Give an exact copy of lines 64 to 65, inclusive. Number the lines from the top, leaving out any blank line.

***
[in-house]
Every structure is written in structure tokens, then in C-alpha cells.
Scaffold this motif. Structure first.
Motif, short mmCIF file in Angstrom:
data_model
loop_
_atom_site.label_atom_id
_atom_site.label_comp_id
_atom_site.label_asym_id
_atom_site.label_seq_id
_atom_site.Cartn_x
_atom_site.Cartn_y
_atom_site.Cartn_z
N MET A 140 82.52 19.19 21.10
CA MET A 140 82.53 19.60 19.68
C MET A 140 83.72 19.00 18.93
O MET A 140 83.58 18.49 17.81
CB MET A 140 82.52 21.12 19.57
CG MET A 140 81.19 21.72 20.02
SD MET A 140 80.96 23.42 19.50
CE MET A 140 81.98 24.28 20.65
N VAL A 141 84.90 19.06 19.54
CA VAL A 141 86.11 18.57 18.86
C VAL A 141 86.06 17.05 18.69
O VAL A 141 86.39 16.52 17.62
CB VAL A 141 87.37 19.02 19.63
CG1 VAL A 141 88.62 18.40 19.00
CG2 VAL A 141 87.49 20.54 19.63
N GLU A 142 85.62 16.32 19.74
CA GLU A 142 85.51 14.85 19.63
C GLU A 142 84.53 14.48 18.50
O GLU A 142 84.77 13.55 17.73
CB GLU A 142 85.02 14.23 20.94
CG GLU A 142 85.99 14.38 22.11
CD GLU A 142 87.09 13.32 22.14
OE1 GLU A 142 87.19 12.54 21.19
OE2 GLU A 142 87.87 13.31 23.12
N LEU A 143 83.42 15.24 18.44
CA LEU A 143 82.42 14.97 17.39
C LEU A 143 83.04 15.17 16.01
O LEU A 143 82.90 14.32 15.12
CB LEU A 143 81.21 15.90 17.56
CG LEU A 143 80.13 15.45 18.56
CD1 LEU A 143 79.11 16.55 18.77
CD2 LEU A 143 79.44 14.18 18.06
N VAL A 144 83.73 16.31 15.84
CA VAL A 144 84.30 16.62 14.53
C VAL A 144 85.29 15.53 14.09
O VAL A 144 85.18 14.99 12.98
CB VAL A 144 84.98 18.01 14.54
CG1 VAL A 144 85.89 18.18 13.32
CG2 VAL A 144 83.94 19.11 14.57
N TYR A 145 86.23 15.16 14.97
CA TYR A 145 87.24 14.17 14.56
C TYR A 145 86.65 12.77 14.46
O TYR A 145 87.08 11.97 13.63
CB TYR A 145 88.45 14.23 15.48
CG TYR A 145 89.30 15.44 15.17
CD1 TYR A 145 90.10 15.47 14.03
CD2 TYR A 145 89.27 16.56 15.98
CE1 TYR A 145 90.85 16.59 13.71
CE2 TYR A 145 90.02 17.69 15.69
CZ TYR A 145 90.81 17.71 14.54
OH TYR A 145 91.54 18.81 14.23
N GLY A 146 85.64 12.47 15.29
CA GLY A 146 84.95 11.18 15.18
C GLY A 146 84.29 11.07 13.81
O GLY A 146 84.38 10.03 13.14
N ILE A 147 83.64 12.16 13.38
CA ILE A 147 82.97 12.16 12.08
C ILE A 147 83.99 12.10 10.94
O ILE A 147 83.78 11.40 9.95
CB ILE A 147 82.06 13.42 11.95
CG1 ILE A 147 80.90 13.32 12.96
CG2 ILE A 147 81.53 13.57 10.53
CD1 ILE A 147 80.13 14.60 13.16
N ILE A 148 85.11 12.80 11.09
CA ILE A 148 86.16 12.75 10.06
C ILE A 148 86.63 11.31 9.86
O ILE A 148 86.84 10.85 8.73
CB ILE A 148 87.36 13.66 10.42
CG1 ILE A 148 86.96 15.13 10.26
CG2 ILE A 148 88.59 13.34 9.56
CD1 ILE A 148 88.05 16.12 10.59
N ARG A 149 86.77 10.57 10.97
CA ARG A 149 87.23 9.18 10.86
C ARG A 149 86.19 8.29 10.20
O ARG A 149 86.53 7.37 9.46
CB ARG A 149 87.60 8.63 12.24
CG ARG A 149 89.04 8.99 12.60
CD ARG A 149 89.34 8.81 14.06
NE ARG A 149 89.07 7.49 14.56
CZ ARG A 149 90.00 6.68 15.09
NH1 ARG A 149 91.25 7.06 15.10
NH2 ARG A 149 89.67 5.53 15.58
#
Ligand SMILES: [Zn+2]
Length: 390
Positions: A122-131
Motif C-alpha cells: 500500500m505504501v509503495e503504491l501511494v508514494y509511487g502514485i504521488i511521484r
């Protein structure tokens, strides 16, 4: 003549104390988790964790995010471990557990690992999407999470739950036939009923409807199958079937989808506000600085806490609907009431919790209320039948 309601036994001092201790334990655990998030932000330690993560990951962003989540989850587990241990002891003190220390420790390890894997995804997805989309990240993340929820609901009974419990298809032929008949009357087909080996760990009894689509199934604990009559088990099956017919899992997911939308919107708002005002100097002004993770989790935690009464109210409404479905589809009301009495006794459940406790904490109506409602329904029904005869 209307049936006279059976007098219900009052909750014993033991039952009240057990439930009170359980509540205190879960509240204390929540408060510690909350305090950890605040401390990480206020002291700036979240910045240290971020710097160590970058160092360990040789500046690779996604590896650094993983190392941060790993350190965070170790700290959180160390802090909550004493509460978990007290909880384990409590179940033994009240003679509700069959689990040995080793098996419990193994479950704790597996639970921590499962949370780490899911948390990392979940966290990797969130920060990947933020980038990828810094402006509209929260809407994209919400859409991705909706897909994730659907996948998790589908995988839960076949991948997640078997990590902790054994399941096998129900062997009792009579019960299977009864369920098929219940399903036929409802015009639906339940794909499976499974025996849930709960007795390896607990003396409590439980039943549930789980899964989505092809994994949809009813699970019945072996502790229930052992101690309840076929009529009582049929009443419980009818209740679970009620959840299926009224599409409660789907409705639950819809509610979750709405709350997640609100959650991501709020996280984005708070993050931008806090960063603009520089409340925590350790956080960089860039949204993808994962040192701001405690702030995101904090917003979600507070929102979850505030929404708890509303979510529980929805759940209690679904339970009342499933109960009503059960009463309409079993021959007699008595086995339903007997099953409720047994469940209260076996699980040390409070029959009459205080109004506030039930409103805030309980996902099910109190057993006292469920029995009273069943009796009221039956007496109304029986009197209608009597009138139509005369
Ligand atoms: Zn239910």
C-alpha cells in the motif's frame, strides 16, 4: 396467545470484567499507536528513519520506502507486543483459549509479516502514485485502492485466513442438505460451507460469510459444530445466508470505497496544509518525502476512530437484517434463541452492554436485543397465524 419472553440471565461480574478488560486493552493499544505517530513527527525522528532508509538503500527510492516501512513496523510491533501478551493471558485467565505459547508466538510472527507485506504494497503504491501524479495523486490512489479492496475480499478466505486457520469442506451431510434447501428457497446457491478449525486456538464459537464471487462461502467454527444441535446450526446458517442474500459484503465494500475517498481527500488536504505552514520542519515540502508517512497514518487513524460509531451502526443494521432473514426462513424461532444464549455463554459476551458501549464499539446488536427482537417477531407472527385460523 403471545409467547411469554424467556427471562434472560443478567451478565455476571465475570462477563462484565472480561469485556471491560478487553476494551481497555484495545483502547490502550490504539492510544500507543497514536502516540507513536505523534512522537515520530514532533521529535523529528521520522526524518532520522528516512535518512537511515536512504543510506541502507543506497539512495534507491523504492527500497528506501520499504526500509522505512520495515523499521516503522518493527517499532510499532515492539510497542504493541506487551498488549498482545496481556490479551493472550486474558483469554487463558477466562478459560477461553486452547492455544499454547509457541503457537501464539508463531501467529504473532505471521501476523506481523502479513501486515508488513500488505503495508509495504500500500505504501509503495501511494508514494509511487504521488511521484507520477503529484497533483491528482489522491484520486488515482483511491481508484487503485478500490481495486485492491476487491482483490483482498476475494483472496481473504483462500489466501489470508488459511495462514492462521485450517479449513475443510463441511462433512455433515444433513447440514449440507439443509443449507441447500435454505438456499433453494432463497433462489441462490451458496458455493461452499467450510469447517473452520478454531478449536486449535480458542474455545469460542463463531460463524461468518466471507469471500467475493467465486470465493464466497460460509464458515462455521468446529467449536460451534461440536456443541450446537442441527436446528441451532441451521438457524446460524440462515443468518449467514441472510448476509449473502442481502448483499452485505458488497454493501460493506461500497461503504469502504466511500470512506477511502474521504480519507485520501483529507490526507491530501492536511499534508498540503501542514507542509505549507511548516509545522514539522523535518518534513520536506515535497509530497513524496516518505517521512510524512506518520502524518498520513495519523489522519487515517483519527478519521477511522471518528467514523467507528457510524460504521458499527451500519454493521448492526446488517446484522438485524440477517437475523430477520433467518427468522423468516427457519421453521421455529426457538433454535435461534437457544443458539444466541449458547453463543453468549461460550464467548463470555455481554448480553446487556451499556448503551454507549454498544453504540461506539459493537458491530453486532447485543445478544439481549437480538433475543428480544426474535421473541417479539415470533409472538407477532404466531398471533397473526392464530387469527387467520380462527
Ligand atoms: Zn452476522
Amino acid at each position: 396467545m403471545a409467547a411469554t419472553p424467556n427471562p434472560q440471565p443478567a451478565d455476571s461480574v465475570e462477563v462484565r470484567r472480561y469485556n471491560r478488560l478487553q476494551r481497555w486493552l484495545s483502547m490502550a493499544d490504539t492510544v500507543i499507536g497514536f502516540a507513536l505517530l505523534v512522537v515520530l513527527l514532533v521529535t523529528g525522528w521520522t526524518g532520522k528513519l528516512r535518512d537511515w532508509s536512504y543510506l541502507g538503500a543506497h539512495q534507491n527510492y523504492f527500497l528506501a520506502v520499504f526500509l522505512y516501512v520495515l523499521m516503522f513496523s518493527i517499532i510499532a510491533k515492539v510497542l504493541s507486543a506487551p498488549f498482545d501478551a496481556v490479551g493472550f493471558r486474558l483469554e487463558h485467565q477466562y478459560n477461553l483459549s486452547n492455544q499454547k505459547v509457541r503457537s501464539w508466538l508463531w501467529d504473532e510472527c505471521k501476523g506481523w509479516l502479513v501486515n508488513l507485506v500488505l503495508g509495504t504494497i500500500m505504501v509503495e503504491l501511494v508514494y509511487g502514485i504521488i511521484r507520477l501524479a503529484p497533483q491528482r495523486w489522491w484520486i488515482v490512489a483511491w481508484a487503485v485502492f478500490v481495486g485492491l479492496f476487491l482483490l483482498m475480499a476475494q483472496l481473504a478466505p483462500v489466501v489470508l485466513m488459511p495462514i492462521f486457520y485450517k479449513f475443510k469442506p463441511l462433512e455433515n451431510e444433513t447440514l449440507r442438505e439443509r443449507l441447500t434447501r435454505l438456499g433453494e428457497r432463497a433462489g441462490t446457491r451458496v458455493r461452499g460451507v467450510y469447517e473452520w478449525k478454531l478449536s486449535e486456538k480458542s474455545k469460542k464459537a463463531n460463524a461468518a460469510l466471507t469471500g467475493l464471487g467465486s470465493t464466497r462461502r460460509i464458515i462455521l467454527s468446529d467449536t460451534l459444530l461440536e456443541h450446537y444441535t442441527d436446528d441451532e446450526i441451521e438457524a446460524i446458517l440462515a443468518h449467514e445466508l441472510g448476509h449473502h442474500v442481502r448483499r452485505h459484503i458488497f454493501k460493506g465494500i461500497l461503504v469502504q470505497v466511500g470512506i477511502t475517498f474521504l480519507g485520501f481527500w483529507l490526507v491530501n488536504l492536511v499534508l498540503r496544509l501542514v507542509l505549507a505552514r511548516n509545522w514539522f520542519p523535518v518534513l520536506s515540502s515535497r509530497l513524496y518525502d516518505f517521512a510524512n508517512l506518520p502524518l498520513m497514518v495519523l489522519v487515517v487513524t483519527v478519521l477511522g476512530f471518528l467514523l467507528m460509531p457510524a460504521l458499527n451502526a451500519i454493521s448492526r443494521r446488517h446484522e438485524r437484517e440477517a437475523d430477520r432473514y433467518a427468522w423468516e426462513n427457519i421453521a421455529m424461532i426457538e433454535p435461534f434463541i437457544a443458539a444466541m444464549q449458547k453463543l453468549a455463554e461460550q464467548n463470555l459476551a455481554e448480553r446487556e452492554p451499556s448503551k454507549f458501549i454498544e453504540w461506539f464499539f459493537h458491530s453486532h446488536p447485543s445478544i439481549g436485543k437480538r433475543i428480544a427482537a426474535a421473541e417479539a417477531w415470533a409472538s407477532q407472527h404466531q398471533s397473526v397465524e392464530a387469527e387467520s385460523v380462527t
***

OH TYR A 145 91.54 18.81 14.23
N GLY A 146 85.64 12.47 15.29